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Turning Up the Heat on Thermal Paper Receipts

A number of studies have shown that BPA can transfer from thermal paper (ie cash receipts) to the skin where it can then migrate into the bloodstream. Is this something to be worried about?

When you are spending money at a store, the cost may be more than the amount shown on the cash register receipt. According to some researchers, there is a cost to health. That’s because handling the receipt transfers a chemical known to have hormone-disruptive properties to the skin from where it can migrate into the bloodstream. That chemical is bisphenol A, commonly abbreviated as BPA. This is a multi-functional substance that is a component of polycarbonate plastic as well as the epoxy resin that lines food cans. In the case of receipts, it is coated onto the paper to the extent of about 20 mg/g and acts to develop the image when heat is applied. There is some fascinating chemistry involved here. “Leuco” dyes are chemicals that can exist in a colourless or coloured form depending on temperature and acidity. In this case, the paper is treated with the colourless form. When heat is applied, as directed by a printer head, the colorless form combines with BPA, here acting as an acid, to form the coloured image. 

A number of studies have shown that BPA can be transferred to the skin from thermal paper. This is done by having subjects handle the paper and then extracting their skin with a solvent such as ethanol and then testing the ethanol for bisphenol A content. Such studies have clearly shown that some of the chemical is transferred and that the transfer is significantly enhanced if previously a sanitizer or moisturizing cream had been applied to the hands. Following the handling of receipts, the concentration of bisphenol A in the blood and urine can also be measured. Indeed, some researchers believe that for most people, cash register receipts represent the most significant exposure to BPA.

The amount of BPA that shows up in the blood after handling receipts has been found to be more than if a comparable amount were consumed. That’s because orally ingested BPA travels through the liver where it is metabolized with the remnants being excreted in the urine. By contrast, transdermal passage does not lead to quick detoxication by the liver. There is also the issue that when BPA is transferred to the fingers, it can further contaminate other substances that are handled, such as food. In one study, eating French fries after handling cash receipt paper resulted in higher blood levels of BPA than after eating the fries with hands that had not touched such paper.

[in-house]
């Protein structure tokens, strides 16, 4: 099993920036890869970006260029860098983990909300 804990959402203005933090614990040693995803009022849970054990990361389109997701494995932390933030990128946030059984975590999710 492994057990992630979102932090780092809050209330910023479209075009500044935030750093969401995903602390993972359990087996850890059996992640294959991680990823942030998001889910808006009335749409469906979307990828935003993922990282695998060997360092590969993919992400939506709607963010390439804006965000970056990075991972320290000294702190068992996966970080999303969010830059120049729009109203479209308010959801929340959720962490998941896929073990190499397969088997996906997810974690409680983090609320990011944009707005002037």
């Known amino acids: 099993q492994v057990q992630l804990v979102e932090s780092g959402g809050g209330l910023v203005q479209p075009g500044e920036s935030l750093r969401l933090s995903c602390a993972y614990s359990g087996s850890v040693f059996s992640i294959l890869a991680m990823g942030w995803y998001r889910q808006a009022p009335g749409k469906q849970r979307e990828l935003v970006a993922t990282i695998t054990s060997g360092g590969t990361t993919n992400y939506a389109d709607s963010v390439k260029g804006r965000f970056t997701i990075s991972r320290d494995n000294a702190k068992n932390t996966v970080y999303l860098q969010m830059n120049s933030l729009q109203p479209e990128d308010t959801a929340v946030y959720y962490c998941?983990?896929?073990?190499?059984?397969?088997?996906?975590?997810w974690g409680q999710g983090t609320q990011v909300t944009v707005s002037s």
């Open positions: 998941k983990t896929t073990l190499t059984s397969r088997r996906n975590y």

Of course, one cannot equate the mere finding of a chemical in the blood or the urine with the presence of risk. Indeed, high urinary levels may mean that the chemical is being efficiently excreted. However, some researchers maintain that the levels found after handling thermal paper, around 20 nanograms per mL, are comparable to those that in epidemiological studies have been associated with health effects such as obesity, miscarriage, reduced libido, impaired sperm quality and altered immune, liver, thyroid and kidney function. These studies, though, are just associations and cannot prove a cause and effect relationship. For example, diet can influence both the amount of BPA ingested, since it is found in many canned foods, as well as the rate at which it is excreted in the urine. So a higher urinary level of BPA in the urine may just be a marker for a different diet or a different level of hygiene, both of which rather than BPA may account for the health effects.

Nevertheless, it seems advisable to avoid unnecessary exposure to BPA and the wearing of gloves by cashiers is a good idea although nobody has studied what chemicals may be transferred to foods when handled by gloved cashiers. But there is enough concern about BPA on thermal paper to stimulate researchers to find alternatives and some are already apparently available since in studies not all such paper is found to contain BPA. One other problem is that when thermal paper is discarded and ends up in the waste stream, it can transfer BPA to other papers and plastics and end up in recycled materials from where it can again enter the body upon handling. Of course, we have to keep in mind that BPA is just one of the thousands of chemicals that find their way into our bloodstream through ingestion, inhalation or skin exposure. Many of these, including a host of naturally occurring compounds found in soy, flax, cabbage, liquorice as well as synthetics like PCBs, perfluoroalkyl substances, phthalates and pesticides have hormone-like effects. BPA is just one of many suspects when it comes to examining the effects of chemicals on health. But it is a suspect to keep an eye on.

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